It’s Thanksgiving weekend here in Canada. And once again, I reflect on the parallels between our personal lives and business well being. In both cases, we can get so caught up with focusing on what is wrong, or what needs to be fixed. We tend to lose sight of the positive aspects, or downplay them. So I wanted to offer some tips on a more positive approach to performance management.
Numbers are important, but don’t tell the whole story
As I’ve talked about in previous articles, it is important to have measurable targets in our performance plans. And this can be very challenging, particularly in organizations that offer less tangible products and services. And while we often think that performance management is only important in “for profit” organizations, it is equally important in non-profit and public service organizations. In fact, getting effective performance measurements can be even more critical when you don’t have the usual financial performance measures. But it can be done!
Often, we do focus on numbers for our performance targets because they are objective. How many sales, referrals, repeat customers, etc. And these are important to the financial aspect of the business. But it may fail to capture important things, such as customer loyalty. In fact, a friend was just venting about how her boss doesn’t recognize the value of the relationships she has developed, keeping loyal customers for several decades! Instead, his approach to performance management was to focus on very narrow aspect in her performance review that he thought we not up to par. How does that really help the organization? In fact, he’s now at risk of losing a valuable employee (and potentially those high end customer accounts!).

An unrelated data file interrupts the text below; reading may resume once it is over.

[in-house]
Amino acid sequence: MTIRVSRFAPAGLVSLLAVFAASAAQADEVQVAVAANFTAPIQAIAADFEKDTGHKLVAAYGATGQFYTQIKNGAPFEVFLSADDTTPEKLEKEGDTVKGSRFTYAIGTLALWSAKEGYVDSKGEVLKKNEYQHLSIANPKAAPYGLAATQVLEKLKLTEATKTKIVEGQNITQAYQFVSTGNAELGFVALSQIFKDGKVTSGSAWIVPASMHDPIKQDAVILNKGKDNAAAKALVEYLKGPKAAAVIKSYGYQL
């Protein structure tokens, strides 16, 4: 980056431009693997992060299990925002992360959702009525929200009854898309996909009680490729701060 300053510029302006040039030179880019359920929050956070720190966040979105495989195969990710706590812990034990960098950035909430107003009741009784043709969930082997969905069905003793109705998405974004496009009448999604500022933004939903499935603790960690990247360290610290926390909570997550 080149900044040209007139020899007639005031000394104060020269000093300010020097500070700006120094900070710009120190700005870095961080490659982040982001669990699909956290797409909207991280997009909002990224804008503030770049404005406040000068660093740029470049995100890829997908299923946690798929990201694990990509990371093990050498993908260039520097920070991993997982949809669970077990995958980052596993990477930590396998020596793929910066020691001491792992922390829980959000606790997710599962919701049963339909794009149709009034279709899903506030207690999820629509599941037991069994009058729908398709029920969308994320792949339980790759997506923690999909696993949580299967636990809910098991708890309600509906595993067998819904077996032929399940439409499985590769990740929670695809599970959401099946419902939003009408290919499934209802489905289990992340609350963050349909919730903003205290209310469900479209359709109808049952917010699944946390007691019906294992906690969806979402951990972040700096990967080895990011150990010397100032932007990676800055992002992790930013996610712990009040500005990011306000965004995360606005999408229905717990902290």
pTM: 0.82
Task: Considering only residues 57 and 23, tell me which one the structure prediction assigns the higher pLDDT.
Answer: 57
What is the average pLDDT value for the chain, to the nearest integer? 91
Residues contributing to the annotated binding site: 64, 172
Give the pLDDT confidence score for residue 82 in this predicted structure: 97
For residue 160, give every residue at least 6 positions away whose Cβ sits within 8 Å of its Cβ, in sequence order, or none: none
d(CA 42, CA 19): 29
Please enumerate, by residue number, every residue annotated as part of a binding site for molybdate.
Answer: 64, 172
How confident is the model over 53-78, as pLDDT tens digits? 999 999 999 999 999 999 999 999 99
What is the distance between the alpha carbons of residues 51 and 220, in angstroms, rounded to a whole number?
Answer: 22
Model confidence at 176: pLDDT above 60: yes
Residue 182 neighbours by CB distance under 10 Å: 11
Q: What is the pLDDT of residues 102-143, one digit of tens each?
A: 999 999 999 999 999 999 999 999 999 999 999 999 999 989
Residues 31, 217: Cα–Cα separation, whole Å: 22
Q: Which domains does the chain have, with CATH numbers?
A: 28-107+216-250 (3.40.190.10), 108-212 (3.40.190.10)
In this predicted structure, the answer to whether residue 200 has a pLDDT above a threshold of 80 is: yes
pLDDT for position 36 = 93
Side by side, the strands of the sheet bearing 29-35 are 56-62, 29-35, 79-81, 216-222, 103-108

Think broader about impact and value
Consider in the example above, if my friends boss had evaluated her on maintaining those long term customers. Rather than focus on her sales for this quarter – what if he looked at the big picture of what she has brought in over the years? And on the potential for those existing customers to continue buying more from her? Obviously it takes more thought to come up with effective ways of measuring these things, but they speak more to the value your employees are creating, and the longer term impact. It is a more strategic approach to performance management.
A one-to-one approach to performance management
In this example, it’s likely that my friends boss was given a performance evaluation template to use for all employees. And while this might seem efficient, it is definitely not effective. It doesn’t recognize the individual strengths and unique contributions of each employee. And often – it’s not even based on the things that really make the organization successful! But if we truly want to get the best out of each employee (which is what the most successful organizations do!), we need to take an individual approach. And we need to involve our employees in the discussion about what they can best contribute and how they will be evaluated.
Be aware of the tendency to focus only on problems
Most important in our approach to performance management – remember that success leads to success. While we do need to bring attention to things that need to be fixed, don’t forget or down play all the things that have gone well. An employee that feels valued and appreciated is more likely to go above and beyond. It can be human nature to focus on the few problems and loose sight of the good things. So be sure to step back once in awhile and take in the full view!
Get more tips on a positive approach to performance management in my previous article 3 performance management techniques to improve employee performance
Wishing you all the best on Canadian Thanksgiving!
Debbie Narver, Instructor at NMC Strategic Manager